5. If you could have dinner with any writer(s)/photographer(s), who would they be and why?
I am going to assume you mean living or dead. If so, the answer is Jack London. I grew up being shocked by his on the edge portrayal of life in the Yukon, on the South Seas, wherever humans took on the elements and survived. He plays a considerable role in my book “Captain Jack: Father of the Yukon.” I think he pushed the envelope of “writing what you know.”
6. Have you ever read a proposal and was so intrigued that you immediately contacted the writer?
Yes, this happens often. I have tried to stick to taking care of business right away, so the leads or project don’t pile up. I always want the proposer to know if I am not interested, or that I am very interested, as soon as possible.
7. What is the most unusual proposal you have ever had?
Well, there have been some that fell by the wayside, but one that I did my best to cooperate with was a request for help by a group in South Africa who are trying to keep the Afrikaans language alive.
Also, I helped a Pict re-enactment group in Chile, I did a feature on a Romanian Celtic music group who is trying to organize the first Celtic Festival in that country, and in just this past December issue, I worked with a Celtic singer-songwriter from Austria. We have had collaboration with folks from 15 countries to this point, something I never would have imagined three years ago, when I started this publication.
8. What is the best way for a writer to submit to your publication?
I would say to look at the final page of the most current issue for the announcement of the next two or three themes, then send me an email with your proposal to email@example.com. All contributions are volunteer, though we do make trade arrangements for advertising where applicable. Most aren’t concerned with that part of it, but I always try to be fair in providing an appropriate amount of ad space in return for their long-term contribution to the Guide.
A little background on James McQuiston:
I grew up on Celtic music. My uncle began Scottish-Irish music sessions the year I was born and continued them until I was 21. During that time I also found Tommy Makem and the Clancy Brothers, and other Irish songsters. Though most of my music career has been spent in commercial music, I have performed Celtic music hundreds of times over the years. I also have met many of the top Celtic performers.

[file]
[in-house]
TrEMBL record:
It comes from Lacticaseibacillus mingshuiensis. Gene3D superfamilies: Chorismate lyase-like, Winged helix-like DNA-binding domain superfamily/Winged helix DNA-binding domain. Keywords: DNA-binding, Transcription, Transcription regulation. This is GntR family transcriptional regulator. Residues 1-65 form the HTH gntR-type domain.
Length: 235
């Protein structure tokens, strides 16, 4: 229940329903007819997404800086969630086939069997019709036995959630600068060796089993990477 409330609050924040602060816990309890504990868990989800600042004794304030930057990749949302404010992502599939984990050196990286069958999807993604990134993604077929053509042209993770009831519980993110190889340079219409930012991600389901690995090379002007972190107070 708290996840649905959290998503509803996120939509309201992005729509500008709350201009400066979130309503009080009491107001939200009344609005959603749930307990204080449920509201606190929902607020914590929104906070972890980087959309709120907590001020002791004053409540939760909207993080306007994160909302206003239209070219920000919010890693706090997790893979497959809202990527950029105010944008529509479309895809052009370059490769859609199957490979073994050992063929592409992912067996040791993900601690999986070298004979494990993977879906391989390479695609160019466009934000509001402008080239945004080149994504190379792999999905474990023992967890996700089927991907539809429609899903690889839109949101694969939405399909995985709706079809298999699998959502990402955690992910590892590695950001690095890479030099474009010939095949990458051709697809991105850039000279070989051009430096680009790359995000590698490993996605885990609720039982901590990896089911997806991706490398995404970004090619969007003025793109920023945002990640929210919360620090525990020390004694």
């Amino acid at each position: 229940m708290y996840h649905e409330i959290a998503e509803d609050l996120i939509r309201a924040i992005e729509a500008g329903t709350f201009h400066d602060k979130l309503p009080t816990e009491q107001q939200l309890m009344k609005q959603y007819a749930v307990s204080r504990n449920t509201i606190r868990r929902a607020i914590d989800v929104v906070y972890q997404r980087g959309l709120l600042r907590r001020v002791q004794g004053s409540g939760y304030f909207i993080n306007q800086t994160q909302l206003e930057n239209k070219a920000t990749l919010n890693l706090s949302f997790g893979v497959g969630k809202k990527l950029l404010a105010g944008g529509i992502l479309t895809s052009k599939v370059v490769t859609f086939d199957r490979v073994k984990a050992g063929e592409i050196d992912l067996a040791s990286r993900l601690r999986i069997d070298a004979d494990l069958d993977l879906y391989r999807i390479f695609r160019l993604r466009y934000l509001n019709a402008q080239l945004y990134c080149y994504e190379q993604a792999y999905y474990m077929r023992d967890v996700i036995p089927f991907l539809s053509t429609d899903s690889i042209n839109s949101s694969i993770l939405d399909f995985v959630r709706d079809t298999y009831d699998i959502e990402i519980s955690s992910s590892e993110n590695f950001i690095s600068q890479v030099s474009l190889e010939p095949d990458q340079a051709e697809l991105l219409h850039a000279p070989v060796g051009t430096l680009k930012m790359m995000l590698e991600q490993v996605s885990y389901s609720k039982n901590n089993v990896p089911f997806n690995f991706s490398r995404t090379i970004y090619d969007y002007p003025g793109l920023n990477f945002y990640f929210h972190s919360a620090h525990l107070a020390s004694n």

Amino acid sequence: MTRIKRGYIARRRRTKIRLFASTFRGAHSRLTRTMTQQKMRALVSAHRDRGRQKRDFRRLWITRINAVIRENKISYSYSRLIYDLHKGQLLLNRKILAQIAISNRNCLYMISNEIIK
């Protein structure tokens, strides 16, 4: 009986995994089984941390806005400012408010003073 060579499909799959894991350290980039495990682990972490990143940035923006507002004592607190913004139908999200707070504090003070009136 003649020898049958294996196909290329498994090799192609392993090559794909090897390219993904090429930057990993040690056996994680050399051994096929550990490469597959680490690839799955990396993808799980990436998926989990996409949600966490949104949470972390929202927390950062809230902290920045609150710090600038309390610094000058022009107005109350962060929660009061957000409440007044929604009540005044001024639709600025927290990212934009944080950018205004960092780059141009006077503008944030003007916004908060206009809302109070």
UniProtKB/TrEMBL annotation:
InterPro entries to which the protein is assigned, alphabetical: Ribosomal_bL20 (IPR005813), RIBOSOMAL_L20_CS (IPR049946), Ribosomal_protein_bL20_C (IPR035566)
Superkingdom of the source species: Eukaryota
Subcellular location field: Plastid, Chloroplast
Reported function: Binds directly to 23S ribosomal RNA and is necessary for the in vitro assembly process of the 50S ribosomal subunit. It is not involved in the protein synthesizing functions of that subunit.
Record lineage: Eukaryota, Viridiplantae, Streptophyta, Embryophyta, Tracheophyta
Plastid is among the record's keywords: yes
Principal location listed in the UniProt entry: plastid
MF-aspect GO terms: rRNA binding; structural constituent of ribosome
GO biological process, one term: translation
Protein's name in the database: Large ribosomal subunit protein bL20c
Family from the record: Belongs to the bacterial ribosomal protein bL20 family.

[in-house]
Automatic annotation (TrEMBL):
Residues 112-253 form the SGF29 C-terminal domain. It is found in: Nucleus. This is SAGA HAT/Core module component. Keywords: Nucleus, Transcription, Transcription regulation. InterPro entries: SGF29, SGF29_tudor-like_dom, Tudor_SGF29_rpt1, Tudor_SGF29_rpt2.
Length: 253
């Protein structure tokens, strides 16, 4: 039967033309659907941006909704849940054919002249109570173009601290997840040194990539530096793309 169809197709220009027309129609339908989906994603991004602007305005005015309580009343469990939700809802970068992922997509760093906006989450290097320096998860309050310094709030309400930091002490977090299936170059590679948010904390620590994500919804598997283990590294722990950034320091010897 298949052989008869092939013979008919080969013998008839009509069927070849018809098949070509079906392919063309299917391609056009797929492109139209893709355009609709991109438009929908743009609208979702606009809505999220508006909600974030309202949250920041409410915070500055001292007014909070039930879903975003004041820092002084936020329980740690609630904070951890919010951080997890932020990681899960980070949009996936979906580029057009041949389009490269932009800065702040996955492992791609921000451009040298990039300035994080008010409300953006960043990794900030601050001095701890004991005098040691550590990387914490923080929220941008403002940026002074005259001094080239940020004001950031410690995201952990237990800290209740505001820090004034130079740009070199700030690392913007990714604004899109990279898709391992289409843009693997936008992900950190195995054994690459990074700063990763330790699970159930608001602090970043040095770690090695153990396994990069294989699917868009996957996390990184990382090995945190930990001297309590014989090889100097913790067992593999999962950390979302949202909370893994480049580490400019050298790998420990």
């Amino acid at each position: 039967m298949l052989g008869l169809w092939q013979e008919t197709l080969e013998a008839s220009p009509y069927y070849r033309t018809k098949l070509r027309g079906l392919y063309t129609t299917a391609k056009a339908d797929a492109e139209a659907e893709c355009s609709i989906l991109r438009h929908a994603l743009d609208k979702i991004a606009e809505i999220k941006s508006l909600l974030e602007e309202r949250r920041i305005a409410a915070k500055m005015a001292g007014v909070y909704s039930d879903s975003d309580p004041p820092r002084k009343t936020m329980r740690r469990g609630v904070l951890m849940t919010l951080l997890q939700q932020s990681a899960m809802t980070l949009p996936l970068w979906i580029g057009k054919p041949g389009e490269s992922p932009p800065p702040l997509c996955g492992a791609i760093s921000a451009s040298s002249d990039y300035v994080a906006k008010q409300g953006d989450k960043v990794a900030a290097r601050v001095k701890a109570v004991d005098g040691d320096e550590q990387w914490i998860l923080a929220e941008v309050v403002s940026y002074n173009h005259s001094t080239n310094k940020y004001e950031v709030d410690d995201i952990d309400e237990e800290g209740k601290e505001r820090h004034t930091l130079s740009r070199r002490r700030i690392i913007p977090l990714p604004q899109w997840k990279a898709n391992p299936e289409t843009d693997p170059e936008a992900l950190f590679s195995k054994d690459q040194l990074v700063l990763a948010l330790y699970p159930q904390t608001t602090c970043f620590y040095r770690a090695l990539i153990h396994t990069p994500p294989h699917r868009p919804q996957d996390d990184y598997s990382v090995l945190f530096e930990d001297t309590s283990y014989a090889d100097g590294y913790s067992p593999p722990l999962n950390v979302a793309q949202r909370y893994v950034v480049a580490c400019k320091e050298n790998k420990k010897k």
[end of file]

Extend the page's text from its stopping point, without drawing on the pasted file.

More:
Meanwhile, on a parallel track I was being exposed to all types of print and publishing, as explained above. In addition, I was enamored by my own family’s very long and detailed record of history and genealogy. Finally, I traveled extensively to Scotland, Ireland, England, Nova Scotia and other European countries with Celtic backgrounds. The Celtic Guide has given me the opportunity to combine all of this into one enjoyable monthly project.
Of the books I have written, “Captain Jack: Father of the Yukon” is the most substantial. It is available at Amazon and other online booksellers. I was aided by nearly every living Yukon historian and even took a trip to Dawson City, Yukon, and Eagle, Alaska, which included a float down the Yukon with a First Nations member in a fishing boat with NO lifejackets. I was told that even though it was August, I’d never make it to shore, even with one. It was a wonderful trip and a wonderful experience writing the book.
I have other websites, which sorely need updated. Some perhaps to take a look at are:
I also have more in the wings on Andrew Jackson and other subjects, as soon as time allows. Again, these all need work. Time is the enemy, I guess you could say. In the middle of all this I moved to a new house, built a fireplace, did a bunch of other remodeling and found a wee bit of time for my sailboat. As they say – There are no flies on me!